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Bogue Banks beaches in good shape, no nourishment needed right away

Beach nourishment projects and dune planting projects, like this one in Emerald Isle in spring of this year, have helped keep Bogue Banks beaches in good shape.

Posted on September 6, 2022

Bogue Banks beaches are in good shape, nowhere near erosion levels that would “trigger” the need for beach nourishment.

Nicole Vanderbecke, with the county’s beach engineering firm Moffitt & Nichol, presented the good news about the county’s key economic engine during the  Carteret County Beach Commission’s monthly meeting Monday in Emerald Isle.

Her opinion was based on a March survey of Bogue Banks, Shackleford Banks and Bear Island beaches by Geodynamics of Newport. It’s done every spring, in part so the county will know how much sand, if any, is lost during hurricanes in the summer and fall. After a major storm, there usually is another survey, and the loss numbers can form the basis for a request for money from the Federal Emergency Management Agency.

For example, after devastating Hurricane Florence in September 2018, the county and Bogue Banks beach towns got money from FEMA and used it for beach nourishment projects that covered the whole island from 2019 to 2021 at a cost of close to $60 million, almost all of it from FEMA.

Vanderbecke told the beach commission the three projects are the main reason Bogue Banks beaches are in such good condition, as there is always erosion. Most of the erosion this year, she believes, came not from hurricanes – 2021 was a light season – but from nor’easters and other storms that created big, strong waves during the winter and early spring.

And, she said, there is typically some accretion of the beaches during spring and summer because of the prevailing southwest wind. She believes there has likely been some accretion this year since the survey was done in March.

Hurricane Florence had taken away about 3.6 million cubic yards, and the three nourishment projects added about 5 million.

Vanderbecke said there were, as always, some erosion hot spots – places where more sand was lost – on Bogue Banks between last year’s survey and the March 2022 survey. Atlantic Beach always has a higher erosion rate than most of Bogue Banks, and that was the case this year, too. That’s one reason Atlantic Beach for decades has had an agreement with the U.S. Army Corps of Engineers to get beach nourishment about every three years.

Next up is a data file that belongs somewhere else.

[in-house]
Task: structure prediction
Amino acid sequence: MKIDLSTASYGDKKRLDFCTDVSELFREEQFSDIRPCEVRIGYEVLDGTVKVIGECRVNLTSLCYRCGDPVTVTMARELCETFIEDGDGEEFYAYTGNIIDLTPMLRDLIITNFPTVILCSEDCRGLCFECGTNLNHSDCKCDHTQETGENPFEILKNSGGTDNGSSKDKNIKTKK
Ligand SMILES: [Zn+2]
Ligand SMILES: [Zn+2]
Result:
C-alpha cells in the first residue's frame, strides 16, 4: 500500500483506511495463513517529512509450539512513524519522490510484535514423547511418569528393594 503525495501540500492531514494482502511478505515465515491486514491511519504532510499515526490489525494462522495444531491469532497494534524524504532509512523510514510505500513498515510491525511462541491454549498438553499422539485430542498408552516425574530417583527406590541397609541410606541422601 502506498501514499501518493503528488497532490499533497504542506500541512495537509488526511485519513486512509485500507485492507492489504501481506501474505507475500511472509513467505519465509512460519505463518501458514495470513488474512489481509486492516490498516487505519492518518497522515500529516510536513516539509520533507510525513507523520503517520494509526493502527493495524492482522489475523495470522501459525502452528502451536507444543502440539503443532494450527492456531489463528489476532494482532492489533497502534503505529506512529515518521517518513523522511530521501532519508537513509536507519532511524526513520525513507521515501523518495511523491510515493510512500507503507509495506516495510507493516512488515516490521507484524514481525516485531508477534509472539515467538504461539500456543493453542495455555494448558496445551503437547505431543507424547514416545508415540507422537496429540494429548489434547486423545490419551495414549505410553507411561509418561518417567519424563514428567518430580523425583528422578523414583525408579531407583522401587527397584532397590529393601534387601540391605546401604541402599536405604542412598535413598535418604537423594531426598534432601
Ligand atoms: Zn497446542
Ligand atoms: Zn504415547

The other hot spots include eastern Emerald Isle, although Vanderbecke said that was alleviated somewhat by a new nourishment strategy in that area during the last project there in 2020.

The best news, she said, is that survey showed that most of the sand lost in the past year is not far offshore, so it’s still “in the system” and could return to the beach, given proper conditions. In some cases, she noted, hurricanes result in accretion of the beaches.

Elsewhere, she said, erosion along Shackleford Banks continued the long-term trend, with some erosion on the eastern half but major erosion along the western end of the island. Some of that area is already under water.

Bear Island in Onslow County, across Bogue Inlet from Emerald Isle, also experienced erosion between the last survey and this year’s but also had some accretion on its eastern end.

As for Bogue Inlet itself, Vanderbecke said it continued to migrate west this year, toward the beach at The Point in Emerald Isle.

In 2005, when very expensive homes at The Point were seriously threatened by erosion, Emerald Isle and the state of North Carolina paid $11.4 million to relocate Bogue Inlet Channel farther from the rapidly eroding western tip of Bogue Banks.

The project involved a dike that blocked the existing channel so water would have to flow into the new channel that was dredged. The 710,000 cubic yards of dredged sand was piped to shore as nourishment for 4.5 miles of beach in western Emerald Isle.

Experts at the time thought they might need to repeat the process in 15 years, which would have been 2020. That wasn’t the case, so the move has “outlived” expectation.

But Vanderbecke told commissioners the migrating inlet has moved far enough east in recent years that it might soon be time to at least “start the conversation” about relocating it again.

Vanderbecke also noted that the dunes along the Bogue Banks beaches – the last line of defense for oceanfront homes and businesses during storms – are in good shape, as is most of the vegetation planted on them after the 2019, 2020 and 2021 nourishment projects.

Beach commissioners suggested the 2023 Geodynamics survey included a more detailed look at the volume and location of the dunes.

Contact Brad Rich at 252-864-1532; email; or follow on Twitter @brichccnt.


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